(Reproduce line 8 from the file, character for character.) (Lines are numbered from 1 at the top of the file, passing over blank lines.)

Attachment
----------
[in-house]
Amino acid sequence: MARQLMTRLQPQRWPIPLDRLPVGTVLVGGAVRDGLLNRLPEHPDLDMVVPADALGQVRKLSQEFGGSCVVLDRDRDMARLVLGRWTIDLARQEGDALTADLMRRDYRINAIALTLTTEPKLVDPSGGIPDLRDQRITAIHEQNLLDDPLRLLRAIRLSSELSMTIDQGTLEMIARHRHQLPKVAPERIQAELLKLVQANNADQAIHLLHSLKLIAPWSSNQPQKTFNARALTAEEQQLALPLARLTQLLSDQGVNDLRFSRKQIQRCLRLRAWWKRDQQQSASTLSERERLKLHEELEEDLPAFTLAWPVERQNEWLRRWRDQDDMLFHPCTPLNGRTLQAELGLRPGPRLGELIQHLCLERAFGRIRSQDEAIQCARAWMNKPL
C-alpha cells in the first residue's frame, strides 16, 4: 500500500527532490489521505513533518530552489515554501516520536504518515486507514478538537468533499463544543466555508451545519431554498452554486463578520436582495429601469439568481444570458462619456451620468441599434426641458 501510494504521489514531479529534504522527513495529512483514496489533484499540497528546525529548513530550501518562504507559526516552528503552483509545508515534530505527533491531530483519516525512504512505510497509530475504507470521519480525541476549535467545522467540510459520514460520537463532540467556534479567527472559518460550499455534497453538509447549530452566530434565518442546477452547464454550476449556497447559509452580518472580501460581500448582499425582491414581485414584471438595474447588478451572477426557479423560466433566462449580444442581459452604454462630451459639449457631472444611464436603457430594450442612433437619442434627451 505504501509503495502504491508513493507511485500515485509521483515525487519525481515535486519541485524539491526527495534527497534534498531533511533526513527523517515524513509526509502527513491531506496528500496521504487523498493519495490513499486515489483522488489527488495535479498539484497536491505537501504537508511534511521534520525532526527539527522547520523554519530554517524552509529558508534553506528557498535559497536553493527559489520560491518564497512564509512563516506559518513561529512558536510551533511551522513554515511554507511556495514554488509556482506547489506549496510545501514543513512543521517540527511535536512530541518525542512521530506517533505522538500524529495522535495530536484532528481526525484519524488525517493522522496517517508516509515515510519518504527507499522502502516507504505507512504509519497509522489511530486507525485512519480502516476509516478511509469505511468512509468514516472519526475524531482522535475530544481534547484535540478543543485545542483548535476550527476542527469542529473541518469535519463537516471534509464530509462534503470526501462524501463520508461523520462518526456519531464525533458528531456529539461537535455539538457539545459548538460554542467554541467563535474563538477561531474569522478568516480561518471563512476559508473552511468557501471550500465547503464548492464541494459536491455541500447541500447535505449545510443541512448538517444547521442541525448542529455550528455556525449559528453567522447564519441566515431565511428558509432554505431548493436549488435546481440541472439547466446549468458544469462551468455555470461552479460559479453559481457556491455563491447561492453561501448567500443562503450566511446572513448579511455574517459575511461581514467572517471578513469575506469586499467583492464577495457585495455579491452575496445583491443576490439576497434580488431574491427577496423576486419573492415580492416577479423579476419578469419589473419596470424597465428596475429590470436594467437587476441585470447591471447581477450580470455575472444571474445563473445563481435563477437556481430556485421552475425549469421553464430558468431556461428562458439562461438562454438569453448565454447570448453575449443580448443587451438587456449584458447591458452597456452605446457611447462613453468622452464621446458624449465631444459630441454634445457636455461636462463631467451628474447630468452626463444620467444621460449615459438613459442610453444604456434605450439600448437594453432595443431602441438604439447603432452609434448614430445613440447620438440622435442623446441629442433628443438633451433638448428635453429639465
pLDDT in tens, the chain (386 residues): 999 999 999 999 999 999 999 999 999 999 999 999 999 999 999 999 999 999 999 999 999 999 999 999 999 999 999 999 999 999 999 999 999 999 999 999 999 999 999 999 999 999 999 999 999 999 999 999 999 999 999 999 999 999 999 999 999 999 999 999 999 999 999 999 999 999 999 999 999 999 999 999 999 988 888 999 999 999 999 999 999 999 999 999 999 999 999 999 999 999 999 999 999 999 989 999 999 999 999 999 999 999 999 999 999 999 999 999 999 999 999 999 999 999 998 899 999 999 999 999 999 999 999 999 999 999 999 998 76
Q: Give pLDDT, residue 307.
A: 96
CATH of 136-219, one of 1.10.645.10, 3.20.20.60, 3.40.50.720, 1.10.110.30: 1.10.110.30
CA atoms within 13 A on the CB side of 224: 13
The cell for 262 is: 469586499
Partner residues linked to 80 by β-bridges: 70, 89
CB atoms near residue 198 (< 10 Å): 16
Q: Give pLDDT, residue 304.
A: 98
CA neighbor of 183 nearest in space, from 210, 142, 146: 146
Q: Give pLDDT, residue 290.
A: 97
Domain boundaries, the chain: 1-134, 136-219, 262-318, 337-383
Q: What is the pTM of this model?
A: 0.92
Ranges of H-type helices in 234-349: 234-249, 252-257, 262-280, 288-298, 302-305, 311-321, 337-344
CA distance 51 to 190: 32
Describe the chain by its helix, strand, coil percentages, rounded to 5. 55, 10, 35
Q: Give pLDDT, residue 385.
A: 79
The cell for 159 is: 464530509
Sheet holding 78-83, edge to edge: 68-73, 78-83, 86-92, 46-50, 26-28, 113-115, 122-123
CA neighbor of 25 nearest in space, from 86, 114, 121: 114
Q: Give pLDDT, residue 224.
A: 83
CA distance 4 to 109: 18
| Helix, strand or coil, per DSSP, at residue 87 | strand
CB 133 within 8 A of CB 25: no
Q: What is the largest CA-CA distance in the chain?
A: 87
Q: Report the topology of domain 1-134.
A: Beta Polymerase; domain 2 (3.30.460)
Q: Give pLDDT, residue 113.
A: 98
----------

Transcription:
CA atoms within 13 A on the CB side of 224: 13